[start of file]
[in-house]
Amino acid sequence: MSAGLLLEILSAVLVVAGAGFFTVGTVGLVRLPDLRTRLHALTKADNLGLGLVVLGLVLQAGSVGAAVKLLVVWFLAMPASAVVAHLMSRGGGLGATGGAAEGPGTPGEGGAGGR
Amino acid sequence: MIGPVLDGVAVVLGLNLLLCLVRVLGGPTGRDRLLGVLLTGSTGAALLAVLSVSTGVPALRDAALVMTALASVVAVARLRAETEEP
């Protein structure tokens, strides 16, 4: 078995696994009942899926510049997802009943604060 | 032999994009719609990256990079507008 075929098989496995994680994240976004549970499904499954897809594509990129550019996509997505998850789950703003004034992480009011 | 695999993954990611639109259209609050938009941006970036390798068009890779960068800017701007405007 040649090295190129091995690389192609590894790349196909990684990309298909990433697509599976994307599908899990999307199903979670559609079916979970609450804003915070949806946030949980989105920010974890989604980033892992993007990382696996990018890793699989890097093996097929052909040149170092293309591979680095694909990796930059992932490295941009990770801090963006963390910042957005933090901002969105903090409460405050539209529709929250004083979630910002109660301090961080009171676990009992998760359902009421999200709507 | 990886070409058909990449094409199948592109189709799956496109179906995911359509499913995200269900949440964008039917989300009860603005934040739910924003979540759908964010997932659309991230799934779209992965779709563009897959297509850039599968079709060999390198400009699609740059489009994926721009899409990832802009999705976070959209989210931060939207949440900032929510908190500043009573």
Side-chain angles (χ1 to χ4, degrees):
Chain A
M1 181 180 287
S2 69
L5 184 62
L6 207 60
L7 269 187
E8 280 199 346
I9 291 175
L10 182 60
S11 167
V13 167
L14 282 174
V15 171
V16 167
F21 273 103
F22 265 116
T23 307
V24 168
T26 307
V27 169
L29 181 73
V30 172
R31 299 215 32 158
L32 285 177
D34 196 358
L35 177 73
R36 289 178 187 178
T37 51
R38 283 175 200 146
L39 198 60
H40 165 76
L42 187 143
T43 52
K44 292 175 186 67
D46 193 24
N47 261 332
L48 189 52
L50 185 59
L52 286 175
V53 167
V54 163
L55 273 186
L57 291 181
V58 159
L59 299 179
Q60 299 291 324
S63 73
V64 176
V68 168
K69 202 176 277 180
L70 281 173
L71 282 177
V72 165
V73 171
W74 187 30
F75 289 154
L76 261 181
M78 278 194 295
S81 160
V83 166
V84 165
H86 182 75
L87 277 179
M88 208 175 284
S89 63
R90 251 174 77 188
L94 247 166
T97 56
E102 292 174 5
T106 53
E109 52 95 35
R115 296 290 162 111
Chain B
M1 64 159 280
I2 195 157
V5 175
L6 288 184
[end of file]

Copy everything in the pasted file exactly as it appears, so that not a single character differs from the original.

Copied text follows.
[in-house]
Amino acid sequence: MSAGLLLEILSAVLVVAGAGFFTVGTVGLVRLPDLRTRLHALTKADNLGLGLVVLGLVLQAGSVGAAVKLLVVWFLAMPASAVVAHLMSRGGGLGATGGAAEGPGTPGEGGAGGR
Amino acid sequence: MIGPVLDGVAVVLGLNLLLCLVRVLGGPTGRDRLLGVLLTGSTGAALLAVLSVSTGVPALRDAALVMTALASVVAVARLRAETEEP
């Protein structure tokens, strides 16, 4: 078995696994009942899926510049997802009943604060 | 032999994009719609990256990079507008 075929098989496995994680994240976004549970499904499954897809594509990129550019996509997505998850789950703003004034992480009011 | 695999993954990611639109259209609050938009941006970036390798068009890779960068800017701007405007 040649090295190129091995690389192609590894790349196909990684990309298909990433697509599976994307599908899990999307199903979670559609079916979970609450804003915070949806946030949980989105920010974890989604980033892992993007990382696996990018890793699989890097093996097929052909040149170092293309591979680095694909990796930059992932490295941009990770801090963006963390910042957005933090901002969105903090409460405050539209529709929250004083979630910002109660301090961080009171676990009992998760359902009421999200709507 | 990886070409058909990449094409199948592109189709799956496109179906995911359509499913995200269900949440964008039917989300009860603005934040739910924003979540759908964010997932659309991230799934779209992965779709563009897959297509850039599968079709060999390198400009699609740059489009994926721009899409990832802009999705976070959209989210931060939207949440900032929510908190500043009573």
Side-chain angles (χ1 to χ4, degrees):
Chain A
M1 181 180 287
S2 69
L5 184 62
L6 207 60
L7 269 187
E8 280 199 346
I9 291 175
L10 182 60
S11 167
V13 167
L14 282 174
V15 171
V16 167
F21 273 103
F22 265 116
T23 307
V24 168
T26 307
V27 169
L29 181 73
V30 172
R31 299 215 32 158
L32 285 177
D34 196 358
L35 177 73
R36 289 178 187 178
T37 51
R38 283 175 200 146
L39 198 60
H40 165 76
L42 187 143
T43 52
K44 292 175 186 67
D46 193 24
N47 261 332
L48 189 52
L50 185 59
L52 286 175
V53 167
V54 163
L55 273 186
L57 291 181
V58 159
L59 299 179
Q60 299 291 324
S63 73
V64 176
V68 168
K69 202 176 277 180
L70 281 173
L71 282 177
V72 165
V73 171
W74 187 30
F75 289 154
L76 261 181
M78 278 194 295
S81 160
V83 166
V84 165
H86 182 75
L87 277 179
M88 208 175 284
S89 63
R90 251 174 77 188
L94 247 166
T97 56
E102 292 174 5
T106 53
E109 52 95 35
R115 296 290 162 111
Chain B
M1 64 159 280
I2 195 157
V5 175
L6 288 184